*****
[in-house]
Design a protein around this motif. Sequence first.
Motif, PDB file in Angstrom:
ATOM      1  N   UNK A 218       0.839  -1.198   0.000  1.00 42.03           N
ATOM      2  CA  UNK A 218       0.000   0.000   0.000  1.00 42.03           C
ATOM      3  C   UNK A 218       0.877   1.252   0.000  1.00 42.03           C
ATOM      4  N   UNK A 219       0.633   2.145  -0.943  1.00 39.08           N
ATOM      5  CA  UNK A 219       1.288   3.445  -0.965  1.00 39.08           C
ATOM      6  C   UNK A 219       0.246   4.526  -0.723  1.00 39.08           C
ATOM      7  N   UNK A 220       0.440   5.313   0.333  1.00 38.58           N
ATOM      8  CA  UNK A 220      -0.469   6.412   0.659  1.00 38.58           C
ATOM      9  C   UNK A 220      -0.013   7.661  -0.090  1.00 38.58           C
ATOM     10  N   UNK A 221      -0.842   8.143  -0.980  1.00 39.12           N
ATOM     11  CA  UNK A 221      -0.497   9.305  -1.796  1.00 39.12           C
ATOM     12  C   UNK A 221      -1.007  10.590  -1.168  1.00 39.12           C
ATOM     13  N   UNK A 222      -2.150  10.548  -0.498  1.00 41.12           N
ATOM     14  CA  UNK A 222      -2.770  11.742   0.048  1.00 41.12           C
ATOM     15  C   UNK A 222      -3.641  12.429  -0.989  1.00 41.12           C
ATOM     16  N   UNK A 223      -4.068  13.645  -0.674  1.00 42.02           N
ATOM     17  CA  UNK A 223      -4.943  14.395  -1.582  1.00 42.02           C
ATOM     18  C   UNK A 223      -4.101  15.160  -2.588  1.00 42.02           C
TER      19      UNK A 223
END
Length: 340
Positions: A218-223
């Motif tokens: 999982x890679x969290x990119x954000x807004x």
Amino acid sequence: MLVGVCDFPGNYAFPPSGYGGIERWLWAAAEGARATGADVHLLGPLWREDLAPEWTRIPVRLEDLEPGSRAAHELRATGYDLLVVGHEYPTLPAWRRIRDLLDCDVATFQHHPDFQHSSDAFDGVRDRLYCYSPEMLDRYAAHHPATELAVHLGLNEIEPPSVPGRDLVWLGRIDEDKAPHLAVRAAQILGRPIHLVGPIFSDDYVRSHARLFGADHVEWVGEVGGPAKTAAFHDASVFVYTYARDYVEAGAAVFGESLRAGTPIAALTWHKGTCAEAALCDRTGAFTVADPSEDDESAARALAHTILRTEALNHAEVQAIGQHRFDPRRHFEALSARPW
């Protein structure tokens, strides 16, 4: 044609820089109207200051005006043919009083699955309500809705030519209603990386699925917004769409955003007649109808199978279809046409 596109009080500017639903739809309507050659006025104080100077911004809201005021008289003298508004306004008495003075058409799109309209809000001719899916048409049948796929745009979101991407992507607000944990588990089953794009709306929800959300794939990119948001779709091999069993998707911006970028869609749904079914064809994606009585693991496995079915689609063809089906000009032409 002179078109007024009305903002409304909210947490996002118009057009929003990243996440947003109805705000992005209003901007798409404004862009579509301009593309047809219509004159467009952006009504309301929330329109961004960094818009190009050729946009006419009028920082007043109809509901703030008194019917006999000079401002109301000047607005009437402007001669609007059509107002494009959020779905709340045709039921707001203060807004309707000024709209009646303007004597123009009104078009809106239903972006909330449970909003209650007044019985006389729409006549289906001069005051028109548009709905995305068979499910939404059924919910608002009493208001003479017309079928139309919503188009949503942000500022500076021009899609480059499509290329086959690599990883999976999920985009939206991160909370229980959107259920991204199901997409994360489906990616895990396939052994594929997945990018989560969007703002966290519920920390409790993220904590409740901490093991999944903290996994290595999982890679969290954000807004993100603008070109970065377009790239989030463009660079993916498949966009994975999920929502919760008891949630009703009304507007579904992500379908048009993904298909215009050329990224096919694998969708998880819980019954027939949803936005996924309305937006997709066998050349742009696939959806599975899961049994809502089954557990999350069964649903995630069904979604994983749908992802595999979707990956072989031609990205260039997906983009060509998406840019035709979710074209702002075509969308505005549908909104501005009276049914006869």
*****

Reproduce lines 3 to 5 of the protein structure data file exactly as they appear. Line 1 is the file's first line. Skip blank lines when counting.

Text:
Motif, PDB file in Angstrom:
ATOM      1  N   UNK A 218       0.839  -1.198   0.000  1.00 42.03           N
ATOM      2  CA  UNK A 218       0.000   0.000   0.000  1.00 42.03           C